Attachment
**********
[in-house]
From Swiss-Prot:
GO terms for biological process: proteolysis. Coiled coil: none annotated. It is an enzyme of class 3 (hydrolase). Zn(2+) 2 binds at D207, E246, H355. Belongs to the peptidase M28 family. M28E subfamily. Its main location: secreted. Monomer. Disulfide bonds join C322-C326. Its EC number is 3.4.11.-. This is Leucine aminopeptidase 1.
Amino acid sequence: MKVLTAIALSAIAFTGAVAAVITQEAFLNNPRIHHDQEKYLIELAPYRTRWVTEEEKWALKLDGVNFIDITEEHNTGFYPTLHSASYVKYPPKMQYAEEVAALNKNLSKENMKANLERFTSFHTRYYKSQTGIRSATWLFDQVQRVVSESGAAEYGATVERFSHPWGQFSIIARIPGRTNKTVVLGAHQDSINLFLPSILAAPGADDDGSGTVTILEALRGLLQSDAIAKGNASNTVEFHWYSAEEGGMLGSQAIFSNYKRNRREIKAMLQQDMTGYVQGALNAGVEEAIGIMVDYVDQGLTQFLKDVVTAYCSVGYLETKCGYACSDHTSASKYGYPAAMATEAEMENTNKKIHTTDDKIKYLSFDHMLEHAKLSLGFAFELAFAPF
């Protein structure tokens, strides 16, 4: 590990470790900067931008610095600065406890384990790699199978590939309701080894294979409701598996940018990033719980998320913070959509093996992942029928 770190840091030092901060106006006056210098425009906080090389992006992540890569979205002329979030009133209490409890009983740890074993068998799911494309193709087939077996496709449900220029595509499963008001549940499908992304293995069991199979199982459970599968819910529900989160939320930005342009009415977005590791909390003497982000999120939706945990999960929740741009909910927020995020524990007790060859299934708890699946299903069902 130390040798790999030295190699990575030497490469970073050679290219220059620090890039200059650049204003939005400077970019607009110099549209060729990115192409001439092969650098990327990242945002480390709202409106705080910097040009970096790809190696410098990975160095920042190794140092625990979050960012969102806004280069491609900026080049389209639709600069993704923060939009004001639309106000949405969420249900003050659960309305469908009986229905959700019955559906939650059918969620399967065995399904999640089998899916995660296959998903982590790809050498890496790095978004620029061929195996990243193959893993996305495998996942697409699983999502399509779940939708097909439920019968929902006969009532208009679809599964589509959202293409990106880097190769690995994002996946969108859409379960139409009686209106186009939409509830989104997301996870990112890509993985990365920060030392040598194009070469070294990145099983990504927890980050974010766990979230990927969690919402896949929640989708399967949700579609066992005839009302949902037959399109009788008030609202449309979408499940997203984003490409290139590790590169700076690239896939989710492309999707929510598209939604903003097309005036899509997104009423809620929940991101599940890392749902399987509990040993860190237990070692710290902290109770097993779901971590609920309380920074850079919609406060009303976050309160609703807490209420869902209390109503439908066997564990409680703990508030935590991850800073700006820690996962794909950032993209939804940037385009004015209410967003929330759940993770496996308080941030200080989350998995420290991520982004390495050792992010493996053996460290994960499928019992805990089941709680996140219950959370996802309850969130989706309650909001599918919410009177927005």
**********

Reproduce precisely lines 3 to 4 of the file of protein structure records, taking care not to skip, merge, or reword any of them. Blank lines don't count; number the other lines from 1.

GO terms for biological process: proteolysis. Coiled coil: none annotated. It is an enzyme of class 3 (hydrolase). Zn(2+) 2 binds at D207, E246, H355. Belongs to the peptidase M28 family. M28E subfamily. Its main location: secreted. Monomer. Disulfide bonds join C322-C326. Its EC number is 3.4.11.-. This is Leucine aminopeptidase 1.
Amino acid sequence: MKVLTAIALSAIAFTGAVAAVITQEAFLNNPRIHHDQEKYLIELAPYRTRWVTEEEKWALKLDGVNFIDITEEHNTGFYPTLHSASYVKYPPKMQYAEEVAALNKNLSKENMKANLERFTSFHTRYYKSQTGIRSATWLFDQVQRVVSESGAAEYGATVERFSHPWGQFSIIARIPGRTNKTVVLGAHQDSINLFLPSILAAPGADDDGSGTVTILEALRGLLQSDAIAKGNASNTVEFHWYSAEEGGMLGSQAIFSNYKRNRREIKAMLQQDMTGYVQGALNAGVEEAIGIMVDYVDQGLTQFLKDVVTAYCSVGYLETKCGYACSDHTSASKYGYPAAMATEAEMENTNKKIHTTDDKIKYLSFDHMLEHAKLSLGFAFELAFAPF